Apparently, there are still some people who haven't heard of file sharing programs like LimeWire, Bittorrent, or eDonkey. These same people are also quite obtuse to the existence of YouTube, Facebook, and My Space. Judging from a press release today, quite a few of those people work at Best Buy . The company announced today that it is launching an online video sharing service to allow users to store and share home movies and videos over the Internet. The big difference between BBY's new service and those I mentioned above? Best Buy is charging $6.97 a month for their video hosting, while the aforementioned services are all Free!
Sure, the Best Buy service supports hosting 100 minutes of video at lengths up to 30 minutes each, but anyone tech savvy enough to download files that big to their computers from their cameras is probably already hip to other methods of sharing their videos (Bittorrent comes quickly to mind). Making matters worse for BBY is that in order to accomplish this seemingly redundant feat, the company purchased a minority stake in Mydeo, the streaming video provider.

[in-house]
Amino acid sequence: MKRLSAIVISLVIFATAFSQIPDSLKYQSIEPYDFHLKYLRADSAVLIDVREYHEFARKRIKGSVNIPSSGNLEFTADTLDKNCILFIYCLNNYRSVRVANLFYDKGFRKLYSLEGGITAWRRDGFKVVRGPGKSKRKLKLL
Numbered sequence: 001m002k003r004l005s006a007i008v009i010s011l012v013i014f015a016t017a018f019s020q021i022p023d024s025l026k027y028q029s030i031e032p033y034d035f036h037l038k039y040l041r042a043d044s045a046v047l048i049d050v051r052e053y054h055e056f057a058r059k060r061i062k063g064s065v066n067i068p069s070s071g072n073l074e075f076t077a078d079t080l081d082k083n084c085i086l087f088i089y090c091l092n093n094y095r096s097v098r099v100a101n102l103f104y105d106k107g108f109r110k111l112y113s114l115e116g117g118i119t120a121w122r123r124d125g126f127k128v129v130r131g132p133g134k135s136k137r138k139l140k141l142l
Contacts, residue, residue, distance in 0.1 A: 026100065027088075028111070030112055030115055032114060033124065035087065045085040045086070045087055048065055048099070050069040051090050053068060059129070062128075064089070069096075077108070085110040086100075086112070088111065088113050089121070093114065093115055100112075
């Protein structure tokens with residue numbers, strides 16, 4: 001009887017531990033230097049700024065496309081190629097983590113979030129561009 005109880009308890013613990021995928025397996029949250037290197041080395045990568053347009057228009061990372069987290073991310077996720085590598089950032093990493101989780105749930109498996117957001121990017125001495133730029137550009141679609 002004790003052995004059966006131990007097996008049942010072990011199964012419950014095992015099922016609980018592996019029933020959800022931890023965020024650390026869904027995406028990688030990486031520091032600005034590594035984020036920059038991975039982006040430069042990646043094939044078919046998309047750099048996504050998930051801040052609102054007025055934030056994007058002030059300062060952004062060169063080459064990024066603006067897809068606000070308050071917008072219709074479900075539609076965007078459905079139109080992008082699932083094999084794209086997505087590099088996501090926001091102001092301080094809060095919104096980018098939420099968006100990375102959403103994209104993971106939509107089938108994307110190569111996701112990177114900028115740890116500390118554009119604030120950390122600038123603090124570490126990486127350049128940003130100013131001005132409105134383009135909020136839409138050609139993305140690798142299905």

I would agree that BBY has to find a way to grow beyond its brick-and-mortar sales, but leasing video hosting to a niche group of people technologically inclined enough to create half hour movies on their computers but not savvy enough to find an effective way to share them online seems a bit of a stretch. A better use of the company's muscle, in my opinion, would have been to purchase video-game rental firm GameFly, then offer to sell said games to those who decided they liked them well enough to keep them. This falls more in line with the company's overall technology sales lineup, and positions BBY in a better market than one that is already saturated with free alternatives. After all, how many paid file hosting sites can you think of that are still around and profitable?